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I'm working on an article about encapsulation in OOP, and I'm using the FizzBuzz problem to demonstrate what I think is so great about it. I'm hoping to share this with developers that might also be intermediate, as a way to start building a bridge for understanding common OO principles.

To this end, any feedback, criticism, or questions are greatly appreciated.

The concerns I'm trying to extract and encapsulate are:

  • The printing of the numbers
  • The iteration of the collection
  • The logic for determining what should be returned
class FizzNumber

  FIZZ_MAP = {
    "Fizzbuzz" => :fizzbuzz?,
    "Fizz" => :fizz?,
    "Buzz" => :buzz?
  }

  def initialize(number)
    @number = number
  end

  def fizz?
    @number % 3 == 0  
  end

  def buzz?
    @number % 5 == 0
  end

  def fizzbuzz?
    fizz? && buzz?
  end

  def fizz_value
    value = FIZZ_MAP.find { |key, value| send(value) }
    value&.first || @number.to_s
  end
end

class FizzBuzzer
  include Enumerable

  def initialize(collection)
    @collection = collection
  end

  def each
    @collection.each do |item|
      yield FizzNumber.new(item)
    end
  end
end

fizzer = FizzBuzzer.new((1..100).to_a)
puts fizzer.map(&:fizz_value).join("\n")

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To this end, any feedback, criticism, or questions are greatly appreciated.

Here are some ideas to improve the code.

Split printing and logic

Might be debatable but from my POV the

The printing of the numbers

and

The logic for determining what should be returned

are not split.

One of the goals of object oriented design is to make the code easier to change. So imagine we want to implement now to print Boom if a number number % 10 == 0. How would we do this? We would need to implement a BoomNumber class and change FizzBuzzer and might even change the main method because fizz_value does not make sense anymore. Not good!

In this example we can just swap out the builder and it would work.

class PrintableNumber
  def initialize(name)
    @name = name
  end

  def to_s
    @name
  end
end

class BoomNumberBuilder
  def initialize(number)
    @number = number
  end

  def build
    PrintableNumber.new(name)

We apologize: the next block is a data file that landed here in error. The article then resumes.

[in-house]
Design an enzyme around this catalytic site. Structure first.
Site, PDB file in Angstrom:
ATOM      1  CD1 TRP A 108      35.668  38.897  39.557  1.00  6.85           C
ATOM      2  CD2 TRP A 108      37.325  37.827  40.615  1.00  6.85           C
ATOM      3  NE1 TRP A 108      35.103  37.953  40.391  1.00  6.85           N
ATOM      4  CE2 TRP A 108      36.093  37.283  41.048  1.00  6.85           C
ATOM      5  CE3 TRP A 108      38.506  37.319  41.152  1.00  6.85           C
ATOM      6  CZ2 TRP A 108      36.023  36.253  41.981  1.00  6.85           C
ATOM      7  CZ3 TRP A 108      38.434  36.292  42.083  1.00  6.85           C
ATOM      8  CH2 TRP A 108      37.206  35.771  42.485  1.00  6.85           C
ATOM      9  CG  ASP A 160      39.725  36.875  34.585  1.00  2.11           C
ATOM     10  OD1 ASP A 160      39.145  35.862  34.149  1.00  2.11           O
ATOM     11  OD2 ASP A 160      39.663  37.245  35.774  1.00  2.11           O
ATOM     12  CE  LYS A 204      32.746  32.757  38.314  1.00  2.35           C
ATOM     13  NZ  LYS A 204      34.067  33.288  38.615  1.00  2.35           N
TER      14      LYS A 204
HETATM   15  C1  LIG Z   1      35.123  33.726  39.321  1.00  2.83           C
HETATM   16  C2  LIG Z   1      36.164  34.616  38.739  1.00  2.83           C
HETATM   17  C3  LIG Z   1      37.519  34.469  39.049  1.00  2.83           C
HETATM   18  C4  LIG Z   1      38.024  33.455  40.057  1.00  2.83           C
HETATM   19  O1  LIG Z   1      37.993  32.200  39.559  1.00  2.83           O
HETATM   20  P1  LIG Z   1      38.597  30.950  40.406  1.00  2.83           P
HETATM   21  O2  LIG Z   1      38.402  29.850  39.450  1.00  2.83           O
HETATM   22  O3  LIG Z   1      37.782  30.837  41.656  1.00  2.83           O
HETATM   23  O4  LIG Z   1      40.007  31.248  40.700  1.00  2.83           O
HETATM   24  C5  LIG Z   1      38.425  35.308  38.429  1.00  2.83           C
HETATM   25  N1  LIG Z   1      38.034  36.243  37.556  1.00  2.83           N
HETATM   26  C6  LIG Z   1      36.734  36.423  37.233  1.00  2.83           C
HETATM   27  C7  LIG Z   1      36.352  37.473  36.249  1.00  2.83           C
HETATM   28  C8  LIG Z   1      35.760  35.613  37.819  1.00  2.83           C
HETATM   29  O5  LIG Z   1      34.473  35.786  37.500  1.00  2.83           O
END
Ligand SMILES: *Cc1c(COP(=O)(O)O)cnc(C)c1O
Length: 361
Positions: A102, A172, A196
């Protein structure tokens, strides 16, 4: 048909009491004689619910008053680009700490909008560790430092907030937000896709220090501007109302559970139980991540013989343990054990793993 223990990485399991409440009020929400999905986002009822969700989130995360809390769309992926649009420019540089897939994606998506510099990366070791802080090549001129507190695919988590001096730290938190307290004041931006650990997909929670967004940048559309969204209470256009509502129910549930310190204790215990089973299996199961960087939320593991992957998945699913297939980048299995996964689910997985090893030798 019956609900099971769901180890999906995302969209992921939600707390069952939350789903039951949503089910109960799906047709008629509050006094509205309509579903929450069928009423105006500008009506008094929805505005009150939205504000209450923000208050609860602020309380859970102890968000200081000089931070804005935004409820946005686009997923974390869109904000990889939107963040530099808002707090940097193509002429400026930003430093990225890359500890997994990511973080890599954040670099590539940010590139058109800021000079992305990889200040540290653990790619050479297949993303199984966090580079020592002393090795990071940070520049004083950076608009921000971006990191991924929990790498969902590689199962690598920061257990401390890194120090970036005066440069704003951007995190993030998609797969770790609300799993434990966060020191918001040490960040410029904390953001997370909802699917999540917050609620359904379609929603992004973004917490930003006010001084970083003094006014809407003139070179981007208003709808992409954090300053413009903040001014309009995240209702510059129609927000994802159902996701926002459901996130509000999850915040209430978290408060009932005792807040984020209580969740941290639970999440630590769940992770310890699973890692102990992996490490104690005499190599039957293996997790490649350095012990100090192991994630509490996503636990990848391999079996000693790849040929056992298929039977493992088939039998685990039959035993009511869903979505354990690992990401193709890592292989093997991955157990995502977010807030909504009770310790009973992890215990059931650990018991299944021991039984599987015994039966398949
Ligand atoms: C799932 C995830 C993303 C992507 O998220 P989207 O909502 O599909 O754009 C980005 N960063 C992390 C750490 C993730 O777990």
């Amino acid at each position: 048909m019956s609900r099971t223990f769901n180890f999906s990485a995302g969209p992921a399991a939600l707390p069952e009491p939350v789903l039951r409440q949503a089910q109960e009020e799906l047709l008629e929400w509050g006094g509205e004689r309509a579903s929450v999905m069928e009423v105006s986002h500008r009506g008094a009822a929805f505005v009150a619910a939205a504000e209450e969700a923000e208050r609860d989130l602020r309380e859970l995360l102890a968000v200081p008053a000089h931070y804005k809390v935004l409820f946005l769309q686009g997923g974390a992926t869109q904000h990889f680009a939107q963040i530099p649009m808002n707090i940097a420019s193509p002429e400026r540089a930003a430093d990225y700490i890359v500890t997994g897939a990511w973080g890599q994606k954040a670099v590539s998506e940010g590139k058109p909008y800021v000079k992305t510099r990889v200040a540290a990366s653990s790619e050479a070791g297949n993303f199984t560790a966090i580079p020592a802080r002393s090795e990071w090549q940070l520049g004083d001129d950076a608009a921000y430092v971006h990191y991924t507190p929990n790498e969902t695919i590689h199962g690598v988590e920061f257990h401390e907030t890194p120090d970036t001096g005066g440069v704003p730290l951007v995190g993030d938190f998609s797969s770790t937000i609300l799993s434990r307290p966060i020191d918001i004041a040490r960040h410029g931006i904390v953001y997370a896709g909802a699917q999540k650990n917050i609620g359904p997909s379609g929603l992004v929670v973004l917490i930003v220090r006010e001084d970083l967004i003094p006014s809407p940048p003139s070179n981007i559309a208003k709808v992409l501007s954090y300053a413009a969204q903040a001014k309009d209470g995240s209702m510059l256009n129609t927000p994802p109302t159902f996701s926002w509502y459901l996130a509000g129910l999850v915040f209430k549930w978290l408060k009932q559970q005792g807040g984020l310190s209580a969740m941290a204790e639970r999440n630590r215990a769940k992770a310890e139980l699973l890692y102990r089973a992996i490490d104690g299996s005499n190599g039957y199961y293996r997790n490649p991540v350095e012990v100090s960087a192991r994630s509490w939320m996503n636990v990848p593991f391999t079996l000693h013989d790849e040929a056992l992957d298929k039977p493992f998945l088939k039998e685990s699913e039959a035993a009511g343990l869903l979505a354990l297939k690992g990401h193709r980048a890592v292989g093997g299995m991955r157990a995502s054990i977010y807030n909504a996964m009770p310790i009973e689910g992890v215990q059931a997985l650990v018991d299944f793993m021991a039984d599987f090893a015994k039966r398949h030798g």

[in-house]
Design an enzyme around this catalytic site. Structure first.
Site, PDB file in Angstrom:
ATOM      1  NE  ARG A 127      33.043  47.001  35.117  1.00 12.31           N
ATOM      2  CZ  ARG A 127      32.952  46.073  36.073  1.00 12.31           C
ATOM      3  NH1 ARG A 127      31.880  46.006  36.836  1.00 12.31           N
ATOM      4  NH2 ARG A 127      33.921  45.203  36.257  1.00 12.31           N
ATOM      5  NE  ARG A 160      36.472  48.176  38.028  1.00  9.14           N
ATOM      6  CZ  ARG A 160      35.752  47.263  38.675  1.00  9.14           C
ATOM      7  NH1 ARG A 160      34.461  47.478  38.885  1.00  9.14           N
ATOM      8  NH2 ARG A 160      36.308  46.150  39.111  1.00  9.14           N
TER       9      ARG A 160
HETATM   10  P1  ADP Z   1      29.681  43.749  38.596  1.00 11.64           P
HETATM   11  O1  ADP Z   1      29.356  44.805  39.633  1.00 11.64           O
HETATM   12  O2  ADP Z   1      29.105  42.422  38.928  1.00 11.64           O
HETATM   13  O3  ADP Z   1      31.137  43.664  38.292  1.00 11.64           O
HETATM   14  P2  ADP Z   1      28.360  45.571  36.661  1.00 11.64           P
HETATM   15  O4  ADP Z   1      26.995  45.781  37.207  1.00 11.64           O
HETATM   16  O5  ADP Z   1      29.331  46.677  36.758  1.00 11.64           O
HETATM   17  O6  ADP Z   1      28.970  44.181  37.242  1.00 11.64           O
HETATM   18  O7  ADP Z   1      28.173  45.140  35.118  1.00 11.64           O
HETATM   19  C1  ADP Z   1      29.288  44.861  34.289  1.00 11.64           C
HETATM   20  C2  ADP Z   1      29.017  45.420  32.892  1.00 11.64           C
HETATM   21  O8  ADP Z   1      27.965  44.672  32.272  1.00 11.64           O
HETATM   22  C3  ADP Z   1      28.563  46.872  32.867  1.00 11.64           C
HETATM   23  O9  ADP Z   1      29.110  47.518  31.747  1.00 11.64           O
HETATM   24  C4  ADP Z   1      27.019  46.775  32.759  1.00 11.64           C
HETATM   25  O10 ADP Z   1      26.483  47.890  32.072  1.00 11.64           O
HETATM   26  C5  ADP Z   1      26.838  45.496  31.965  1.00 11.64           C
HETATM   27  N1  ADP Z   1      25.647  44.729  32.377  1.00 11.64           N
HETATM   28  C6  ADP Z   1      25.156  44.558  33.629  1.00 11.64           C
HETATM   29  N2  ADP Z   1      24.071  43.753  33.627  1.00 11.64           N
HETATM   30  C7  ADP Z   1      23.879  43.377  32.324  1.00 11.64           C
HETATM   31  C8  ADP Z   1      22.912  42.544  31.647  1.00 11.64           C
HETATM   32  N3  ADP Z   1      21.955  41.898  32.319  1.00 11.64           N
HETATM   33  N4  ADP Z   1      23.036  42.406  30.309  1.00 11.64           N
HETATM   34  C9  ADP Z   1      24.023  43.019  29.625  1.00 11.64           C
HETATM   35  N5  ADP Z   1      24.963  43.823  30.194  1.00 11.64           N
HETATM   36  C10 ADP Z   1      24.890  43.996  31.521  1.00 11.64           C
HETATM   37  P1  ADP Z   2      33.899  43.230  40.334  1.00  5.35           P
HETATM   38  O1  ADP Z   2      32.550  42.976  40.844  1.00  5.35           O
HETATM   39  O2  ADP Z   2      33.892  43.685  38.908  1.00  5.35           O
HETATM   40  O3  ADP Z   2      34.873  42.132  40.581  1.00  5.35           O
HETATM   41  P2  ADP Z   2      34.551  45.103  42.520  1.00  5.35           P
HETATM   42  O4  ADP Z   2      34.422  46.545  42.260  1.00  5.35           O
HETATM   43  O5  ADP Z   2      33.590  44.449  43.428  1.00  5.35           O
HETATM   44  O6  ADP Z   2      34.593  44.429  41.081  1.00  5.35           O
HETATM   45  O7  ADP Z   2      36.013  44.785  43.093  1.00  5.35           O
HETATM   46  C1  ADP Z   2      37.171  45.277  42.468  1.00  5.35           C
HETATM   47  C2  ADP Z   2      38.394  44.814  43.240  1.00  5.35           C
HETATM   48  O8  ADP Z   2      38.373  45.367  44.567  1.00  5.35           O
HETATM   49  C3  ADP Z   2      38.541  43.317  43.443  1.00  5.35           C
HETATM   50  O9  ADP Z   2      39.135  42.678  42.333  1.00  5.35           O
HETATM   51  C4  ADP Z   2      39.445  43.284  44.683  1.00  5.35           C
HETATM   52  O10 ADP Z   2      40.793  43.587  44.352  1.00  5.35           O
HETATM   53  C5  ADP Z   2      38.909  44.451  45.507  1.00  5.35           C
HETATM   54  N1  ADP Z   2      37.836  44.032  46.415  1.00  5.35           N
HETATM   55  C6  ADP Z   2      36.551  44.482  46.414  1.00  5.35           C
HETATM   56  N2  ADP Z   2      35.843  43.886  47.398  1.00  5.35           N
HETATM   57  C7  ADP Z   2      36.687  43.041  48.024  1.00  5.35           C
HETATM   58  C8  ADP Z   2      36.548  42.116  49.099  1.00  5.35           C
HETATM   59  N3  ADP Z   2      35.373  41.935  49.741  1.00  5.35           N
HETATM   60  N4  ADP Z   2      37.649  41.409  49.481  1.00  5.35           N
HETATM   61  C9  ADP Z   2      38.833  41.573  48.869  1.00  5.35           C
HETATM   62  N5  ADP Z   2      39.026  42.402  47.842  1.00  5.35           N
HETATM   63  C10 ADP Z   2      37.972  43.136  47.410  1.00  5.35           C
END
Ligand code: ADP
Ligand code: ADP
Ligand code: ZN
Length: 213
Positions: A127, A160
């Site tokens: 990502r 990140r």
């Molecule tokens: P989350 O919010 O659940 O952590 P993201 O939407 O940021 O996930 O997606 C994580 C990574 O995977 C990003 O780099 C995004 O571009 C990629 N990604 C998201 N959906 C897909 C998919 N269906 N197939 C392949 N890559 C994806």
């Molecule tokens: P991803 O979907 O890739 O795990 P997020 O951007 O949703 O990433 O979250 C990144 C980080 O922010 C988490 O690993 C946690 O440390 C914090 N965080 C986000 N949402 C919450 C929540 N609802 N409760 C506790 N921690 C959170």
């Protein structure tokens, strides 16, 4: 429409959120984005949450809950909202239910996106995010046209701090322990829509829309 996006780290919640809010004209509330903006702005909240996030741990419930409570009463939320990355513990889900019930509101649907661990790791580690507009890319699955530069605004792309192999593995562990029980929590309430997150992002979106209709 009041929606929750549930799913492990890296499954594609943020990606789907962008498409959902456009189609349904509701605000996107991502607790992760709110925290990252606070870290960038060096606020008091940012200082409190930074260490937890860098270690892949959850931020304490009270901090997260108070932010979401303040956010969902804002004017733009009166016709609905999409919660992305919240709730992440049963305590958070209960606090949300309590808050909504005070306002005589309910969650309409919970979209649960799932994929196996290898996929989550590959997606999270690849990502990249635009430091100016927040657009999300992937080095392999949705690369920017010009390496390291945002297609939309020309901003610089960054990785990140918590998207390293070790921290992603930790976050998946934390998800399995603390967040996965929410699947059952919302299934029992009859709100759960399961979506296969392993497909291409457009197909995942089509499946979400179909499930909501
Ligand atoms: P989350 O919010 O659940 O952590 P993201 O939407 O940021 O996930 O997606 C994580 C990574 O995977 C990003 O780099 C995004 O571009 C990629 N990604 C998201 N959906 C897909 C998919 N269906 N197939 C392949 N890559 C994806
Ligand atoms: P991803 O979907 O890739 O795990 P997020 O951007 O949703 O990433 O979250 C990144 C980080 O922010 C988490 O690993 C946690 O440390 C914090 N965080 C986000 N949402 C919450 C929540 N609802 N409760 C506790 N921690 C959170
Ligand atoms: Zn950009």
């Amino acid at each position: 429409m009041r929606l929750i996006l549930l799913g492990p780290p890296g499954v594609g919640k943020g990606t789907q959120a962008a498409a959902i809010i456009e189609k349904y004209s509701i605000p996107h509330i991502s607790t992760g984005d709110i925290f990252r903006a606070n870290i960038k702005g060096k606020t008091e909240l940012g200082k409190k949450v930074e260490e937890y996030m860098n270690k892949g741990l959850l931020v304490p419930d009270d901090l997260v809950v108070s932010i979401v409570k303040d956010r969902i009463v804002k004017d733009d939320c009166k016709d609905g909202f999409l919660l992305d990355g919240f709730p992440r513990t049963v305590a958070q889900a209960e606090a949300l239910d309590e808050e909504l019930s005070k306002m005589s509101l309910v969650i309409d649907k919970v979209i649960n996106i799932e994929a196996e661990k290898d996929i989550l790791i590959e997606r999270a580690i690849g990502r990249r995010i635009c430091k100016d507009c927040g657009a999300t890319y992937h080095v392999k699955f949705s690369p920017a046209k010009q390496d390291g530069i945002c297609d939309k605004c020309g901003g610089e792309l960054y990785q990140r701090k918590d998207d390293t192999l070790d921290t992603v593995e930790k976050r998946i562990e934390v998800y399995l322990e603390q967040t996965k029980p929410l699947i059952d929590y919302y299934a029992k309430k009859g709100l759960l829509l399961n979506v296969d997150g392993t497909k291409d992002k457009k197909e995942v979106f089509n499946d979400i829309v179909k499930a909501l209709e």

end

  private

  attr_reader :number

  def name
    if boom?
      "Boom"
    else
      number
    end
  end
  
  def boom?
    number % 10 == 0
  end
end

class FizzNumberBuilder
  def initialize(number)
    @number = number
  end

  def build
    PrintableNumber.new(name)
  end

  private

  attr_reader :number

  def name
    if fizzbuzz?
      "FizzBuzz"
    elsif fizz?
      "Fizz"
    elsif buzz?
      "Buzz"
    else
      number
    end
  end

  def fizzbuzz?
    fizz? && buzz?
  end

  def fizz?
    number % 3 == 0
  end

  def buzz?
    number % 5 == 0
  end
end

class PrintableNumberCollector
  include Enumerable

  def initialize(collection, builder = FizzNumberBuilder)
    @collection = collection
    @builder = builder
  end

  def each
    collection.each do |item|
      yield builder.new(item).build
    end
  end

  private

  attr_reader :collection, :builder
end

puts "== Fizzer =="
fizzer = PrintableNumberCollector.new((1..10).to_a)
puts fizzer.map(&:to_s).join("\n")

puts "== Boomer =="
boomer = PrintableNumberCollector.new((1..10).to_a, BoomNumberBuilder)
puts boomer.map(&:to_s).join("\n")

 Implement common interface

In your FizzNumber class you implement a fizz_value method which you then use in your main fizzer.map(&:fizz_value).join("\n"). This creates an unnecessary coupling. If you look into the method, you can already see what the method name should be number.to_s

  def fizz_value
    value = FIZZ_MAP.find { |key, value| send(value) }
    value&.first || @number.to_s
  end
end

so a better function name would be

def to_s
  value&.first || @number.to_s
end

private

def value
  FIZZ_MAP.find { |key, value| send(value) }
end

Avoid meta programming

Try to avoid meta programming (send) if not absolutely necessary. It makes the code a lot harder to read. You only have 4 different cases which can easily reflected with an if else.

  def to_s
    if fizzbuzz?
      "FizzBuzz"
    elsif fizz?
      "Fizz"
    elsif buzz?
      "Buzz"
    else
      number
    end
  end

Use getter and setter

Instead of using instance variables @collection you should try to use getter / setter methods. If you need to do e.g. validations or some processing of the variable, you only need to change one place.

class FizzBuzzer
  attr_reader :collection

  def each
    collection.each do |item|
      yield FizzNumber.new(item)
    end
  end
end

Use simple delegator

Instead of implementing the each method you could also use the SimpleDelegator module.

https://ruby-doc.org/stdlib-2.5.1/libdoc/delegate/rdoc/SimpleDelegator.html

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  • \$\begingroup\$ Hey Thanks! When I said separate the printing from the logic, I just meant that the consumer/executing context should be responsible for actually printing the numbers. It appears you do that in your example as well. I'll definitely look through this. Good stuff. \$\endgroup\$ Jun 9 '20 at 15:22

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